It’s during this conversation that David referred us to John Brockman’s just-released anthology This Idea Must Die:Scientific Theories that are Blocking Progress (New York: Harper Perennial). The volume is a collection of answers provided by well-known as well as not-so-well-known scientists, writers, and thinkers to Brockman’s question “What scientific idea is ready for retirement” on his popular digital discussion platform Edge.

We haven’t read this new book yet but going by the reviews, it looks like it is engaging and thought-provoking. Writing about the volume in a recent issue of New Scientist, Simon Ings says that “Some ideas cited in the book are so annoying that we would be better off without them, even though they are true. Take "brain plasticity". This was a real thing once upon a time, but the phrase spread promiscuously into so many corners of neuroscience that no one really knows what it means anymore.” Ings’s favourite response in the volume is from the “paleontologist Julia Clarke” who would like people “to stop asking her where feathered dinosaurs leave off and birds begin” because making sense of animal behaviour based on fossil data is far too complex than linear projections.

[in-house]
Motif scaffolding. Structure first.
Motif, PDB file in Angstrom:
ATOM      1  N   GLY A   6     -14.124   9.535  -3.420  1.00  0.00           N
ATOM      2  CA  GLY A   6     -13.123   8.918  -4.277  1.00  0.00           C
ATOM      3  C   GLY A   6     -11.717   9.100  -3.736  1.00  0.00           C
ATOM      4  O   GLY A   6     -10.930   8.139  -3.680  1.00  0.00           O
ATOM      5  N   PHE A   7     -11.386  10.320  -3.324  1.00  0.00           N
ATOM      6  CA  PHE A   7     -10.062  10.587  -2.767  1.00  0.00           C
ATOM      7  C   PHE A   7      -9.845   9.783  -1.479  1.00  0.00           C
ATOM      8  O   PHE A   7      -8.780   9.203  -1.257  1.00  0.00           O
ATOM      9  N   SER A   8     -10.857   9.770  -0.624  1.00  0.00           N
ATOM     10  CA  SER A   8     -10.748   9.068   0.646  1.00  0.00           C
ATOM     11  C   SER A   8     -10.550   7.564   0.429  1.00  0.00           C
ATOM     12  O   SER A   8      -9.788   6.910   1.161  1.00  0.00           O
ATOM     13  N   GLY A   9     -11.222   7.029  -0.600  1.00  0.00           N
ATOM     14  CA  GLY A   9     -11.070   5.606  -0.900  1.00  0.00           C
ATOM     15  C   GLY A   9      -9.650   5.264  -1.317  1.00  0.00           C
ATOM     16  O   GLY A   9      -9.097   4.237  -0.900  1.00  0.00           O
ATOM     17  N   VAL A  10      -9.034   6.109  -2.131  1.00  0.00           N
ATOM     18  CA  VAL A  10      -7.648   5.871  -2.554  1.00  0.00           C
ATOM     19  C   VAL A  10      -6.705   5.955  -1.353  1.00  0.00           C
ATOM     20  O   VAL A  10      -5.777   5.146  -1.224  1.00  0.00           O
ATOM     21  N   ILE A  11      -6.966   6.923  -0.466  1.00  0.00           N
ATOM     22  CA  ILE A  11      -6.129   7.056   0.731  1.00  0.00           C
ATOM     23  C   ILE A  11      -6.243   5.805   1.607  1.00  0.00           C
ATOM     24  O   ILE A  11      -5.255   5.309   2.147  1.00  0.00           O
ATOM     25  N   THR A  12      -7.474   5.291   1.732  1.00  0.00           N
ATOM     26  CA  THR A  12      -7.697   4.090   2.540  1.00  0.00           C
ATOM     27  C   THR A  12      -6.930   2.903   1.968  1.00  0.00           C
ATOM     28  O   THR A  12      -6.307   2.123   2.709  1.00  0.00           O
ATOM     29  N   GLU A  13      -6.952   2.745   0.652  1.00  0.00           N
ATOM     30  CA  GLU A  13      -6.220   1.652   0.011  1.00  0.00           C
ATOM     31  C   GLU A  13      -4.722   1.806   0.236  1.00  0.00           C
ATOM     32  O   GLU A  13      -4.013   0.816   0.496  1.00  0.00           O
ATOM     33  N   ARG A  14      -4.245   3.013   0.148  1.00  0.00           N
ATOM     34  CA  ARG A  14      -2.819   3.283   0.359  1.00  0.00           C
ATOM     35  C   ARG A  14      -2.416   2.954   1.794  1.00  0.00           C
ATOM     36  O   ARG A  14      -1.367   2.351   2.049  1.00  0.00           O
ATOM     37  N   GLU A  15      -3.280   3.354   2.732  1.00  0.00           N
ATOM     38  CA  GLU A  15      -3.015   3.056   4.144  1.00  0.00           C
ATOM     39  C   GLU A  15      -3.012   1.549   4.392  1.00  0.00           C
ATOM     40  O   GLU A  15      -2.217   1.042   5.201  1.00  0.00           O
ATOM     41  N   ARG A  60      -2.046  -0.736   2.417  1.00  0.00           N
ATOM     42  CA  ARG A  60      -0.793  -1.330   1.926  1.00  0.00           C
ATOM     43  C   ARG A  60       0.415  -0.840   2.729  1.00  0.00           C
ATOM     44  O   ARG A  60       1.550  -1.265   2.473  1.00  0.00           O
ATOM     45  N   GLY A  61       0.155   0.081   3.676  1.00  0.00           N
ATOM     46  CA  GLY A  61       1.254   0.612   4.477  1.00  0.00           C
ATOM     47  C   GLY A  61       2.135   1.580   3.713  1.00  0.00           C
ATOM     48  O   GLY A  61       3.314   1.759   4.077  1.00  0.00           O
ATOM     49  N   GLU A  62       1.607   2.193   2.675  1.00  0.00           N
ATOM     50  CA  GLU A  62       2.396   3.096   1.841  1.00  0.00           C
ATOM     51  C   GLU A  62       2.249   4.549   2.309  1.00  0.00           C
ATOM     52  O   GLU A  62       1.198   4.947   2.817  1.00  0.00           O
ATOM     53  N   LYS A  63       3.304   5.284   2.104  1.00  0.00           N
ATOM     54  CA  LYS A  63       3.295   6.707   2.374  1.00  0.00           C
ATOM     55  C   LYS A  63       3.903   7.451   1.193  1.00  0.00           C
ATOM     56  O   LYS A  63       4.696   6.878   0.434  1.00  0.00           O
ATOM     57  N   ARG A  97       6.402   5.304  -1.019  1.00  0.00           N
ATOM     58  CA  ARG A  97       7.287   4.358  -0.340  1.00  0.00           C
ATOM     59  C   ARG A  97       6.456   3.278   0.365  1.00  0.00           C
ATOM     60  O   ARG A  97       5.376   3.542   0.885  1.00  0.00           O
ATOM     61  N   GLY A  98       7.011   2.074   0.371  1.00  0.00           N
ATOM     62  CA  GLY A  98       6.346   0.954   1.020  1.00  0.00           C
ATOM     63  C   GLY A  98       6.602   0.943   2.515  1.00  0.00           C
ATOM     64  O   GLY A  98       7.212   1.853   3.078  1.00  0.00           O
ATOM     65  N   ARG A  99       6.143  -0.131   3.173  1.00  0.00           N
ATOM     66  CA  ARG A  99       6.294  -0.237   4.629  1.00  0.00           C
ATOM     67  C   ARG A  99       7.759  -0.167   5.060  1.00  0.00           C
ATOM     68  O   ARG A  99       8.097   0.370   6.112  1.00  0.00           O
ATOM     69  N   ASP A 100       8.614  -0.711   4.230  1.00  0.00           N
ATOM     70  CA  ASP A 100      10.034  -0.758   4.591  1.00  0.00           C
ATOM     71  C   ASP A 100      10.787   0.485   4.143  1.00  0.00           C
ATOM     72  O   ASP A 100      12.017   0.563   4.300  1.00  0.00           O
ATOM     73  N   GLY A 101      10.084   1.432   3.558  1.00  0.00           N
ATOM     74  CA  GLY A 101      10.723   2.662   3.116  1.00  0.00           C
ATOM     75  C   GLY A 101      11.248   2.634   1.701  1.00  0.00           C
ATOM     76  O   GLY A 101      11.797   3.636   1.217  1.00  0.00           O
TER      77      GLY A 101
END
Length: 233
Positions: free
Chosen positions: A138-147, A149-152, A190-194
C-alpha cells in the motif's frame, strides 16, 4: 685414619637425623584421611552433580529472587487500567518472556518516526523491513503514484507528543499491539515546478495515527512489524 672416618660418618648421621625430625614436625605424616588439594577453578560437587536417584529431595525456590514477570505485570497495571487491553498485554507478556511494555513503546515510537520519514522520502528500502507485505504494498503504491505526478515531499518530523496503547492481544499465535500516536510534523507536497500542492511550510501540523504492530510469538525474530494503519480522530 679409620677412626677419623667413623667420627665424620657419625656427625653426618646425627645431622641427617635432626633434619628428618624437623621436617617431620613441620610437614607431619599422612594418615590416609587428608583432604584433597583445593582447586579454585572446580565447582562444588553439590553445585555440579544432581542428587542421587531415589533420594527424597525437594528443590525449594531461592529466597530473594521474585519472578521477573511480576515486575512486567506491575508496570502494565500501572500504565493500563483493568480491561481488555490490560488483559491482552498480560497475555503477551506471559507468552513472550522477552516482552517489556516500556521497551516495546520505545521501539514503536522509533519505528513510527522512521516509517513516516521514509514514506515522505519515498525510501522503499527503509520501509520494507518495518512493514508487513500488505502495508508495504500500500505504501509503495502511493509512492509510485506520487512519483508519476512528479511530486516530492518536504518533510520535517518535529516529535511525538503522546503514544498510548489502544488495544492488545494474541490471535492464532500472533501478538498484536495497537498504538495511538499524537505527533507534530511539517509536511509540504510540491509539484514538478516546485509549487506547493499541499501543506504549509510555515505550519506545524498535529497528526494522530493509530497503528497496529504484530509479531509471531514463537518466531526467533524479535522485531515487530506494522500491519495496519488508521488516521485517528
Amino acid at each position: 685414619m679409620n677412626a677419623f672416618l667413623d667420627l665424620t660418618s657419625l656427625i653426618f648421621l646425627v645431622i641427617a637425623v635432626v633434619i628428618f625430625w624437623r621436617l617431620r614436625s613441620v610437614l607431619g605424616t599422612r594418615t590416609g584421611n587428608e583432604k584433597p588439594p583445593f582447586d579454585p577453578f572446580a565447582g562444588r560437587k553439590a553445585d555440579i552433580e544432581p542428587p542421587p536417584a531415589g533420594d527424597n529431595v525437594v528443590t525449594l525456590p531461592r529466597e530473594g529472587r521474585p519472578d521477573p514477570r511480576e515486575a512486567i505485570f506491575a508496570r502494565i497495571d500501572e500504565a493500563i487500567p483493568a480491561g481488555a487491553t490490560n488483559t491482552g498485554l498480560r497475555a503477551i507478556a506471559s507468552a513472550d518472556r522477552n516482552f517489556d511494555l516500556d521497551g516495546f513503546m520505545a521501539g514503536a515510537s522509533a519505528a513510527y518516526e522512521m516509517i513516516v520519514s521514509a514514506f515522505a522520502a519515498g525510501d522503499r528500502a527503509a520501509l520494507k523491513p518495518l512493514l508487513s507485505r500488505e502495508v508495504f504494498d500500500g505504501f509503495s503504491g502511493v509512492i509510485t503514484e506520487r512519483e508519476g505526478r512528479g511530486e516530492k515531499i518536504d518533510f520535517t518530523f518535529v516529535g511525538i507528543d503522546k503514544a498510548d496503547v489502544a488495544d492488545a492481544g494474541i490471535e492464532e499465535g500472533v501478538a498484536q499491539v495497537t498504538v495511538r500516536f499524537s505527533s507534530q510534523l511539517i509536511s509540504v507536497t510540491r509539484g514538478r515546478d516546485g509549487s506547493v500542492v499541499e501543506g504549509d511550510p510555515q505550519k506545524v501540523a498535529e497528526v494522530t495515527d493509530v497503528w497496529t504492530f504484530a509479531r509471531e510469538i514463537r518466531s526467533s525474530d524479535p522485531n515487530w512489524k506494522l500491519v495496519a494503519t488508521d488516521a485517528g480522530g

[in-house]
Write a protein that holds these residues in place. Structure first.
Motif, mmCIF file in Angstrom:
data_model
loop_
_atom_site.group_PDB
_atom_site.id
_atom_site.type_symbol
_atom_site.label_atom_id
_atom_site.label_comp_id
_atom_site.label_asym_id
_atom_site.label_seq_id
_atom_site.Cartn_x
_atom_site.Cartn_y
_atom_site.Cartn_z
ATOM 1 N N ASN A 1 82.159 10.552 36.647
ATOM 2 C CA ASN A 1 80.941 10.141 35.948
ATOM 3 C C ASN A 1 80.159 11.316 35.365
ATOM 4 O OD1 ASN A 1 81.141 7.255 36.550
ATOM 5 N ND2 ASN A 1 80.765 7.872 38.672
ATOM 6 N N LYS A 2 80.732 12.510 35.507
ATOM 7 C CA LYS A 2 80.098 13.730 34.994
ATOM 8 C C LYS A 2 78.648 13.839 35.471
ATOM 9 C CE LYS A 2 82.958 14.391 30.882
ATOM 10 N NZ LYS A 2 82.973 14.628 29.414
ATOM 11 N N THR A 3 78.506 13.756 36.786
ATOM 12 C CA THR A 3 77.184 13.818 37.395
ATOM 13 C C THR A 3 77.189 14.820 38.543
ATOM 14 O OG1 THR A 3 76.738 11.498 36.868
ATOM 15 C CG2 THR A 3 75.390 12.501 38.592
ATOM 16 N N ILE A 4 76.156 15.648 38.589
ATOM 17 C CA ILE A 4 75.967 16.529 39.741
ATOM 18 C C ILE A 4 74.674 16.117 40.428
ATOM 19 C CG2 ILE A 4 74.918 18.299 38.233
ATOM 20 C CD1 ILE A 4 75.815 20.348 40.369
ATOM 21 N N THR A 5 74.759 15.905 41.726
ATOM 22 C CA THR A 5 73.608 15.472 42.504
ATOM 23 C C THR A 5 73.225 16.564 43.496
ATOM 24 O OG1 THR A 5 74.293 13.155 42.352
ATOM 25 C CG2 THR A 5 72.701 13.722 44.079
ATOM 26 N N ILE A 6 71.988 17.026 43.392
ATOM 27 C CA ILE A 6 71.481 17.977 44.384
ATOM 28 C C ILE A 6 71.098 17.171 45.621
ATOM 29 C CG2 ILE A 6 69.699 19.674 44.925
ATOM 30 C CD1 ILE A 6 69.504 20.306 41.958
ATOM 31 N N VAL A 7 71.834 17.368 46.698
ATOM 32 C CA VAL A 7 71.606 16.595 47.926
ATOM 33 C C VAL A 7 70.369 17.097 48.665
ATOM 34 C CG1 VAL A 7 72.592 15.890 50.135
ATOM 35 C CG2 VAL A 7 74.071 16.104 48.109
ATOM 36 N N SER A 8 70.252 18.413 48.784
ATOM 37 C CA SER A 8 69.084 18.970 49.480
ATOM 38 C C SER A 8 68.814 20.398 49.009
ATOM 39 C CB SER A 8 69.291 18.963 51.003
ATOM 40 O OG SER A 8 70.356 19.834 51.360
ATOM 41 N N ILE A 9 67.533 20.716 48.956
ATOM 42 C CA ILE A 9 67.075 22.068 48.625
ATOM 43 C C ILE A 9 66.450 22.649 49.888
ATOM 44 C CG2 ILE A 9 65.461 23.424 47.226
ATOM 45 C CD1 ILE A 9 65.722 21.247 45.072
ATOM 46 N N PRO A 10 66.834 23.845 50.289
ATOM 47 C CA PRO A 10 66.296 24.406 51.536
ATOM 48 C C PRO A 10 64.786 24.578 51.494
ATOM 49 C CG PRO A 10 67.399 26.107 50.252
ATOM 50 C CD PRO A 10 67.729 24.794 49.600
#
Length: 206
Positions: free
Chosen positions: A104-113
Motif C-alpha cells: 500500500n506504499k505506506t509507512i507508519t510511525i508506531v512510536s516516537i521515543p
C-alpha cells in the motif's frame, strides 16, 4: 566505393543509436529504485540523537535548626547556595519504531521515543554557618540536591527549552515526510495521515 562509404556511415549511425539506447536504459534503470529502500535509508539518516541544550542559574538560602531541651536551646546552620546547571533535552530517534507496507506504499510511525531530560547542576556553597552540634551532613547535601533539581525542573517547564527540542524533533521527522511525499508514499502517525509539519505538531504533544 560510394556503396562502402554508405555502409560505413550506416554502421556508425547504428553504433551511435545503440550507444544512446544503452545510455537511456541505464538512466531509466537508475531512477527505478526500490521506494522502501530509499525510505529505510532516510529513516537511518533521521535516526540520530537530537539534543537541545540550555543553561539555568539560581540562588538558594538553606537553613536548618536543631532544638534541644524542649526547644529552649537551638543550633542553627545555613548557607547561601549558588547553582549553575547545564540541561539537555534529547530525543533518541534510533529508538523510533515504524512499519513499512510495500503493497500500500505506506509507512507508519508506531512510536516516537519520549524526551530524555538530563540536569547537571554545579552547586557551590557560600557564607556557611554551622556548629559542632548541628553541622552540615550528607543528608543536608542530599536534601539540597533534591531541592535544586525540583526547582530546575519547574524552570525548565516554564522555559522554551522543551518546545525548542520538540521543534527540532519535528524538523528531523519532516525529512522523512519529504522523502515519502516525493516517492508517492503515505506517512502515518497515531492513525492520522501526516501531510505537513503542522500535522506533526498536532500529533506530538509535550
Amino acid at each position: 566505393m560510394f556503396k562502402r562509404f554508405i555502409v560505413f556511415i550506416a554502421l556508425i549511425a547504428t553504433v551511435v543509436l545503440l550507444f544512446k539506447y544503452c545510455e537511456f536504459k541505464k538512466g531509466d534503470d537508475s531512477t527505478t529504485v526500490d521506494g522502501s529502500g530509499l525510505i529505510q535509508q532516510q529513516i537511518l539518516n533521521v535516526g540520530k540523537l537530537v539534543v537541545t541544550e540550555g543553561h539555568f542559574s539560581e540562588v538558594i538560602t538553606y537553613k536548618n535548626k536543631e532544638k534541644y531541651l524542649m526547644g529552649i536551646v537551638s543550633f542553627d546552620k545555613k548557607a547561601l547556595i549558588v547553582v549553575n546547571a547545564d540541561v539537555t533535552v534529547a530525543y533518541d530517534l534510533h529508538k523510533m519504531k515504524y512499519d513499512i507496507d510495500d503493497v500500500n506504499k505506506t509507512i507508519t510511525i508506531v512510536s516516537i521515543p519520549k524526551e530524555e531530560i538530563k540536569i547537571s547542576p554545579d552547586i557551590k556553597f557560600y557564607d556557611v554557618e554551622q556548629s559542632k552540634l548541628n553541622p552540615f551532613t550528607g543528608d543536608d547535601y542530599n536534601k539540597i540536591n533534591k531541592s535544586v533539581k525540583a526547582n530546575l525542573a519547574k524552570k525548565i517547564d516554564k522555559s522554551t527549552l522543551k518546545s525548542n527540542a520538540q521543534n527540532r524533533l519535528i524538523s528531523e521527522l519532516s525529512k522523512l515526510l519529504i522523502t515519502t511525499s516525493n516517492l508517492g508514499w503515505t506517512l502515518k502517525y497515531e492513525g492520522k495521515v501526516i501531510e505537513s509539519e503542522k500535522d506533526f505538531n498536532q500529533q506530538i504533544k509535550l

Last year, the Edge posted its annual question:
Science advances by discovering new things and developing new ideas. Few truly new ideas are developed without abandoning old ones first. As theoretical physicist Max Planck (1858-1947) noted, "A new scientific truth does not triumph by convincing its opponents and making them see the light, but rather because its opponents eventually die, and a new generation grows up that is familiar with it." In other words, science advances by a series of funerals. Why wait that long?
Ideas change, and the times we live in change. Perhaps the biggest change today is the rate of change. What established scientific idea is ready to be moved aside so that science can advance?  
A total of 175 responses came in and each of them is fascinating in its own right. Maria Popova’s review of the book on the Brain Pickings site goes over what she describes as a catalog of broken theories that hold us back from the conquest of Truth” and these range from IQ to the left brain vs. right brain divide; from human nature to romantic love. Popova chronicles in detail many of the responses that capture the interplay between philosophy and science and shows how public understanding of science is also inherently philosophical.

While on public understanding of science and a word we started this blog with – extinction, an article forthcoming in PUS focuses on whether extinction refers to a point of no return or whether scientists and the lay public alike cause confusion by misusing the term to mean different things in different contexts. For example, can there be such a thing as “local extinction”? Or, for that matter, can species declared extinct be resurrected?